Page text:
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Missed making tax-saving investments this time? 3 Action Points to help you avoid the tax impact

Missed making tax-saving investments this time?

3 Action Points to help you avoid the tax impact

You will agree that it has been a chaotic year for everyone…

People have lost jobs, had to undergo pay cuts, had to relocate to smaller cities & whatnot…

In all this, it’s entirely understandable and human to go slightly off-track on tax matters, isn’t it?

But…one fine day, as you open your work inbox, you receive the dreaded e-mail from your HR reminding you to submit tax proofs by so & so date…

Now, back of your mind, you know this so well…

If you don’t submit the tax proofs, your take-home for the remaining months of the year will be less, due to the effect of TDS

You might be wondering what to do in this situation?

Sit back and relax while we share some super practical action points with you…

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Action Point #1: Acknowledge the problem & review your tax situation As with most life problems, acknowledging that the problem exists is the first & most challenging step… So, spare some dedicated time from your busy schedule to review your tax position… First, check your income & tax liability for the year (you might need some MS excel or online calculators to do this) If there is no tax liability for you, you need not worry & can even skip reading this article altogether.. have a blessed day However, if there IS a tax liability, keep reading further…

Action Point #2: Check your existing expenses/investments that qualify for a tax deduction Thankfully, tax planning doesn’t always mean making fresh investments Especially when the year has been so financially hard for all of us, isn’t it? Examples of some regular payments that qualify for tax deduction are as follows:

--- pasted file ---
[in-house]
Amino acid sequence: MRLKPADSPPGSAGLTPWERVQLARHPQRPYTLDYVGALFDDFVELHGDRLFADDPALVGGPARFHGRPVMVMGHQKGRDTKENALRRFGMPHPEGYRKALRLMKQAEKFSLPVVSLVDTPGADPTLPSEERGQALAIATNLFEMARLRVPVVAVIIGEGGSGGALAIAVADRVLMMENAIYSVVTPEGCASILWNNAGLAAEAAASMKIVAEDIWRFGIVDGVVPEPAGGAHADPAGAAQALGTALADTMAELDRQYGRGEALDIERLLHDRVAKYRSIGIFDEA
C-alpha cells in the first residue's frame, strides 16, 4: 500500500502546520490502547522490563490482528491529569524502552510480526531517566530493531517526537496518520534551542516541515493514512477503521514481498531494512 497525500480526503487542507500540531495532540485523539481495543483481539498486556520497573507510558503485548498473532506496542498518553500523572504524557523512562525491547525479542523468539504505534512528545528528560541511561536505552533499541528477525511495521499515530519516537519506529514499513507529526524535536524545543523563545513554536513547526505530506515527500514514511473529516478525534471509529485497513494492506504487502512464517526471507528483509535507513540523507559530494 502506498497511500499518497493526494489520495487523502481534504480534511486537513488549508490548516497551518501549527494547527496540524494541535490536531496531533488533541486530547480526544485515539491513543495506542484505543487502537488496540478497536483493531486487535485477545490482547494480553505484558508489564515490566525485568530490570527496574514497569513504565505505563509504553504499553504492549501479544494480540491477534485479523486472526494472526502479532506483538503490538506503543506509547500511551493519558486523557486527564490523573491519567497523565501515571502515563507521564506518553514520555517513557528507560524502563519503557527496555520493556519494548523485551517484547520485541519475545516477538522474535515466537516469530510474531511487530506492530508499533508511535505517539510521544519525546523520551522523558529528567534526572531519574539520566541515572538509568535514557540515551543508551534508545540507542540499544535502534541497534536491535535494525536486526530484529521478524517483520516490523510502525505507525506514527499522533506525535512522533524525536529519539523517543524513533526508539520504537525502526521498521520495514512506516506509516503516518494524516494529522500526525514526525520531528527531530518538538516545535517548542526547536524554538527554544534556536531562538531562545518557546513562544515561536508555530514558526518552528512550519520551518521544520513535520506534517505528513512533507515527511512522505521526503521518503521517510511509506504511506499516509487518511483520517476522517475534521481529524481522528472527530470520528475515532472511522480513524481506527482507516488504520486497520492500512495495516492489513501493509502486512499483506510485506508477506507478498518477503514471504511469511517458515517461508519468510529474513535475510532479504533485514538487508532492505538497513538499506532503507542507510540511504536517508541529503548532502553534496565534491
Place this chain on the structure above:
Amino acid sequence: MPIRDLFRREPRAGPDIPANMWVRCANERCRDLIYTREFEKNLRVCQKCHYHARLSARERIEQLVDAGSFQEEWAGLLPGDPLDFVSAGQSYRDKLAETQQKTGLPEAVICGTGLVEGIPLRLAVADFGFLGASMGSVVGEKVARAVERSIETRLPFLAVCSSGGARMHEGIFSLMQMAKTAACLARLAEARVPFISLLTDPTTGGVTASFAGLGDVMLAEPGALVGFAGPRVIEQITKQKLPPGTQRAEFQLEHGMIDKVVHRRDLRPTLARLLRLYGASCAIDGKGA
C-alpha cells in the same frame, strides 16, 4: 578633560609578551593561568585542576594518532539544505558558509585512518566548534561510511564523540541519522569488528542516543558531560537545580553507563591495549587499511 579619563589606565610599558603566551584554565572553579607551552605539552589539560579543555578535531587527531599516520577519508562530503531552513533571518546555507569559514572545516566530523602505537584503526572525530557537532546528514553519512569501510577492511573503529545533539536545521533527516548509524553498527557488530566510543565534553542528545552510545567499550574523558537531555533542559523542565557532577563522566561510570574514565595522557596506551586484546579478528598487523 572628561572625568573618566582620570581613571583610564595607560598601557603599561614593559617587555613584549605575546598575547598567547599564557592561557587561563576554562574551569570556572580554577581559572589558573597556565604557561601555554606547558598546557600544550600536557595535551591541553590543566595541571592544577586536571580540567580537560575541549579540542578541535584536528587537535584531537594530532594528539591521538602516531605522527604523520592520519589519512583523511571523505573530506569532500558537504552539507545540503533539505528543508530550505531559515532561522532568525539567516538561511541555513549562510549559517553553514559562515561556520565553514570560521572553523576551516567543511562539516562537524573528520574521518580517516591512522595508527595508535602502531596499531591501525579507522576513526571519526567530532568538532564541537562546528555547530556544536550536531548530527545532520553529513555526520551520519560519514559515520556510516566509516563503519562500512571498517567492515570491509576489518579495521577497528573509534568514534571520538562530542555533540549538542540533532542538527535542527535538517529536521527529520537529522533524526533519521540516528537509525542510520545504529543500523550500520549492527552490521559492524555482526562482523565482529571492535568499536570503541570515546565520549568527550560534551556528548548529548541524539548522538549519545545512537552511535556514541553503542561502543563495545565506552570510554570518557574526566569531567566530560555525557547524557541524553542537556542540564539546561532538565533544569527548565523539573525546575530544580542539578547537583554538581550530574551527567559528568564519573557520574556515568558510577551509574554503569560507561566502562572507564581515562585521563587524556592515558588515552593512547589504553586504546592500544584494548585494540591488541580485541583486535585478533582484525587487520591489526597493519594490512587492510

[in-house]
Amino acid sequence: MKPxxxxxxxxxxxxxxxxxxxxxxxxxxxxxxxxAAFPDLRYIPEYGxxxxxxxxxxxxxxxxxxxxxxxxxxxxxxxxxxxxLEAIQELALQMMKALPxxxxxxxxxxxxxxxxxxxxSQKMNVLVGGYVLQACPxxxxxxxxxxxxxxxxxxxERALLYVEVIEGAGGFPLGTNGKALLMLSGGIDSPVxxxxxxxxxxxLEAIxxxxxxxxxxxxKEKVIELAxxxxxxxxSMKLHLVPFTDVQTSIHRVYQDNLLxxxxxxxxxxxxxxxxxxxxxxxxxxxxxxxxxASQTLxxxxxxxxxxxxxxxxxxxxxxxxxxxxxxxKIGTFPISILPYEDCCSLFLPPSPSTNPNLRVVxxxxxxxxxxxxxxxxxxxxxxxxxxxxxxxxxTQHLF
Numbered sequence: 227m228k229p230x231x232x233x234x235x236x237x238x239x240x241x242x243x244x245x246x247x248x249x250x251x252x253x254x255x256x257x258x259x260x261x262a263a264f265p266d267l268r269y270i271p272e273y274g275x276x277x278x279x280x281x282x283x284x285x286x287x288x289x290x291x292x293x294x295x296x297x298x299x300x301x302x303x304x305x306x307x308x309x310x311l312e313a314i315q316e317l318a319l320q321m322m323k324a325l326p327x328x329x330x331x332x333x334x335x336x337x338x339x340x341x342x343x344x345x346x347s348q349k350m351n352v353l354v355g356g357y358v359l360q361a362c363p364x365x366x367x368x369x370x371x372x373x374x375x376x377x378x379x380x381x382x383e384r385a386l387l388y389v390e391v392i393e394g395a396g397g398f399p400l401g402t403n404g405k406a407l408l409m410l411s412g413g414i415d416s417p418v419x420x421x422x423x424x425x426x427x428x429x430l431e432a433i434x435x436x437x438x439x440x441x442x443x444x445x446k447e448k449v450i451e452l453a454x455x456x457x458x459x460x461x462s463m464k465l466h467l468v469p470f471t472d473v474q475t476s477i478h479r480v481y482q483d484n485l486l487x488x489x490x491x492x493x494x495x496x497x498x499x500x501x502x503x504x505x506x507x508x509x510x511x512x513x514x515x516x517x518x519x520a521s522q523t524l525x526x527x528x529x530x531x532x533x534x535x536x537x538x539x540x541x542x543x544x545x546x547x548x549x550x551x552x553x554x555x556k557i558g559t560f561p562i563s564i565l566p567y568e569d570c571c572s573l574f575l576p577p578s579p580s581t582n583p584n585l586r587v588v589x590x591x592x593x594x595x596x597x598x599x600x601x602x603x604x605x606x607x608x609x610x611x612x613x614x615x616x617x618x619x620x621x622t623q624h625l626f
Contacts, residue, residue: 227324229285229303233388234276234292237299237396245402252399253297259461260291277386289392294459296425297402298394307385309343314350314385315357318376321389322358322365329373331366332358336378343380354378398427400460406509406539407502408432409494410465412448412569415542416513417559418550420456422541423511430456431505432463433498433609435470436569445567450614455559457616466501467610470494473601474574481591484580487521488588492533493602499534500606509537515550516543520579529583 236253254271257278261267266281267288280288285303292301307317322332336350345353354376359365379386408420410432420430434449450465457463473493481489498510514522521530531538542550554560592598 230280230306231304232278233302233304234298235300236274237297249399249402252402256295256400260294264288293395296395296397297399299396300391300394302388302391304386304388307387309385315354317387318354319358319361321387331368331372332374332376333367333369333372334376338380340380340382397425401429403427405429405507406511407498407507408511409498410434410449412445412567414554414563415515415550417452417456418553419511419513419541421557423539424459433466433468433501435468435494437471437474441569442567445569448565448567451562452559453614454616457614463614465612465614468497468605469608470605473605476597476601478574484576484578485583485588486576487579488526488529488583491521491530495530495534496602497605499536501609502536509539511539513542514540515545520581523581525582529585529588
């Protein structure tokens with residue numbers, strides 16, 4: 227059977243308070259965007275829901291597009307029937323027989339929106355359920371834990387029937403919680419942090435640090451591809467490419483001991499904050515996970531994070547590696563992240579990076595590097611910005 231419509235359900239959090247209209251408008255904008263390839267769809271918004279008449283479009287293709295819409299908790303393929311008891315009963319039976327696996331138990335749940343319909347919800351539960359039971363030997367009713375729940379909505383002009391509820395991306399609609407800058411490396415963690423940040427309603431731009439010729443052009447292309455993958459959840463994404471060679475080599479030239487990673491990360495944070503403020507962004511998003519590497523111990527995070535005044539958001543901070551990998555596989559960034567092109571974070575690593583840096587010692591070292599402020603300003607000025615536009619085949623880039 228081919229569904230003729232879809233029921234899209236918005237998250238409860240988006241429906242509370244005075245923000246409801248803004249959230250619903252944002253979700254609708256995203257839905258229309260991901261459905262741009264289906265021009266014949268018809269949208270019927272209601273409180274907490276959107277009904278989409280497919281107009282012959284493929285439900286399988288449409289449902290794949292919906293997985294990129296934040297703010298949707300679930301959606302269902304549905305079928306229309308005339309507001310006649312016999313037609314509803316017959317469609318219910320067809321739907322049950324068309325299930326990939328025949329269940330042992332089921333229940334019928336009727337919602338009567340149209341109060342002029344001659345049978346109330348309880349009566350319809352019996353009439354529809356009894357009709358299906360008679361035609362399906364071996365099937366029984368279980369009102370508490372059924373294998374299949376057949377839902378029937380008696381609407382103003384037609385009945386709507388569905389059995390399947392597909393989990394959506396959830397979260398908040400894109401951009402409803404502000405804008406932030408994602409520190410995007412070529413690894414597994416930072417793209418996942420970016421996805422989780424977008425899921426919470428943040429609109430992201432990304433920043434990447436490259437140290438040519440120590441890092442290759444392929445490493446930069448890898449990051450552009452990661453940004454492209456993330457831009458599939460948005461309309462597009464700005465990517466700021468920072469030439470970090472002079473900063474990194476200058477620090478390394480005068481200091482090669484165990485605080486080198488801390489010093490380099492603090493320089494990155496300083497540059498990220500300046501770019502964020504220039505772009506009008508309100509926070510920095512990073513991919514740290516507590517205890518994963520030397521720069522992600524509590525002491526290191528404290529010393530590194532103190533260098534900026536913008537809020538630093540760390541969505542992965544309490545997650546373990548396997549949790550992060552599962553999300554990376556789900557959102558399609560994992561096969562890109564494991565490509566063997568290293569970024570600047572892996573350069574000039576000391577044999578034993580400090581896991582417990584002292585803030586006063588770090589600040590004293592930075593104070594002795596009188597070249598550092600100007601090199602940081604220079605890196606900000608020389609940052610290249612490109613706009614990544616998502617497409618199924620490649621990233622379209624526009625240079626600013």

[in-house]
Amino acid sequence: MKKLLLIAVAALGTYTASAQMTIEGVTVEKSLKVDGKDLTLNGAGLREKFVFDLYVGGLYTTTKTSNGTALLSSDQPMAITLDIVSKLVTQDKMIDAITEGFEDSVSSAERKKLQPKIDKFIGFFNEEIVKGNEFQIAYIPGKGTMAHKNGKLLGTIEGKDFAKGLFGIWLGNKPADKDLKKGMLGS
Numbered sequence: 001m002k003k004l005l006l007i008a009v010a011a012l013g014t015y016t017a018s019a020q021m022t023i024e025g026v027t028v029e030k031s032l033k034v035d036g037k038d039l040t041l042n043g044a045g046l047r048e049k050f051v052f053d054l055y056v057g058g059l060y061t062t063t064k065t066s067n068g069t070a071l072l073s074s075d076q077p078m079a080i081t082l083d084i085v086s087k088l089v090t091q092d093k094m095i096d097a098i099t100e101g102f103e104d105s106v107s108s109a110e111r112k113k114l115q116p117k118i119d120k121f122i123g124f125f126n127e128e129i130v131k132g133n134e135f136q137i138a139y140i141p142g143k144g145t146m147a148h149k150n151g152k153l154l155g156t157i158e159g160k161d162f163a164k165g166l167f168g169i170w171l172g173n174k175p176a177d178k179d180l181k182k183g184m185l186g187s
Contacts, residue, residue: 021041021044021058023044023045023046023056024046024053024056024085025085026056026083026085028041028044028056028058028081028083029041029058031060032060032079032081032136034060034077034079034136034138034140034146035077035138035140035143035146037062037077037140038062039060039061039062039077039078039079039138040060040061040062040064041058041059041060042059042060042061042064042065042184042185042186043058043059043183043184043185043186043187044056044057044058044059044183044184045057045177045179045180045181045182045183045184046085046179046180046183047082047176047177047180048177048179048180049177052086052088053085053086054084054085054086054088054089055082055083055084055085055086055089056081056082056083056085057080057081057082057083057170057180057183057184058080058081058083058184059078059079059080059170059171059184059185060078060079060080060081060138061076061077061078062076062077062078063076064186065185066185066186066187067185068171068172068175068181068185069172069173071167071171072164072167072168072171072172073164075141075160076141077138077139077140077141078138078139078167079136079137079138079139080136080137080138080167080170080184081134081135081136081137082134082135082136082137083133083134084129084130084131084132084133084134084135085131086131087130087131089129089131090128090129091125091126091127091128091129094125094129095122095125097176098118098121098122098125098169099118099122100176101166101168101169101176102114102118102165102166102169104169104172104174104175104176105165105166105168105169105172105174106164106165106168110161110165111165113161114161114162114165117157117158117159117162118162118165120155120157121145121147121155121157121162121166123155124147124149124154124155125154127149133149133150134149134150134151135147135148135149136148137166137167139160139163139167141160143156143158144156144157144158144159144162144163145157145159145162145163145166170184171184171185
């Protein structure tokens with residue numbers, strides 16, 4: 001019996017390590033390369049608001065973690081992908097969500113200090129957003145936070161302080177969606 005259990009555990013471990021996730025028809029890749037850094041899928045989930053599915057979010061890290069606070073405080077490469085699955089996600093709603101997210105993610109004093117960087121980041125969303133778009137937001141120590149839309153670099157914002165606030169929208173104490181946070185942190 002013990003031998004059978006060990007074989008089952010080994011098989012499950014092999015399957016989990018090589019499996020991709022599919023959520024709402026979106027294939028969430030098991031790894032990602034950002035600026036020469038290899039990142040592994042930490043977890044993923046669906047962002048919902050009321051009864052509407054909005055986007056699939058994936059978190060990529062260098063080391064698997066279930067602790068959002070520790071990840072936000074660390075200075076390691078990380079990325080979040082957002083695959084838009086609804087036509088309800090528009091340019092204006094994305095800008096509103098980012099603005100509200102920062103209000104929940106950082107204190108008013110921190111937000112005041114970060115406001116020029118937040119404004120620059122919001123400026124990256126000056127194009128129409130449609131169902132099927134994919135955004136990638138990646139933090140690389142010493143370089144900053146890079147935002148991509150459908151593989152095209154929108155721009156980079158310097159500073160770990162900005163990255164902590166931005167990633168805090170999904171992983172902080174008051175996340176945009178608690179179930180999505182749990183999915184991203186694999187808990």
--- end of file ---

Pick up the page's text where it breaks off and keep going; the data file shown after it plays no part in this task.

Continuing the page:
1. Children’s tuition fees

  2. Life & Medical Insurance premiums

  3. Your share of PF contribution to your employer’s PF fund

  4. House-Rent/ Home loan EMI payments

In all likelihood, you might have already made some or all of these payments… If yes, consider these investments in your tax calculation & recalculate the tax liability… If there IS still a net tax payable, you may have to make some qualifying investments. Let us show you how…

Action Point #3: Carefully explore avenues where you can invest now Speaking of investments that qualify for the tax deduction, there are options galore to confuse you enough… And know this… Not every random tax-saving product is RIGHT for you So DO NOT make a hurried investment commitment just for tax-saving sake… Remember, for an investment to really work for you, it must be aligned to your financial goals and risk tolerance… So, decide on these main points before investing:

  1.  How long you can invest (time horizon)

  2.  How much risk you can tolerate (risk tolerance)

  3.  This investment is towards which financial goal (like buying a home or child’s education)

  4.  What is the taxation structure of the investment?

For example:

  1.  If you are saving for the long term & can digest the day-to-day market volatility, ELSS funds may be the right choice for you.

  2.  If you are a low-risk investor & are content with low returns, you can consider PPF or tax-saving FDs.

Once you make the investments, provide the investment proofs to HR and ask them to consider them in your tax calculation. Also, don’t forget to check the revised tax statement received from your employer. This will help you detect any investments not considered by your employer & help avoid any confusion later on…

Some more tips for you:

  1. Employers often re-open the proof submission window in February and March. So, if you make tax investments after the submission deadline, you can still reach out to your HR to see if they can consider those investments in the tax calculation

  2. If your investment were not considered by HR, you can still claim the tax refund by declaring those investments in your tax return

  3. You don’t need to submit proof to tax authorities when filing your tax return. However, it is good to keep a record of receipts just if sought in the tax assessment.



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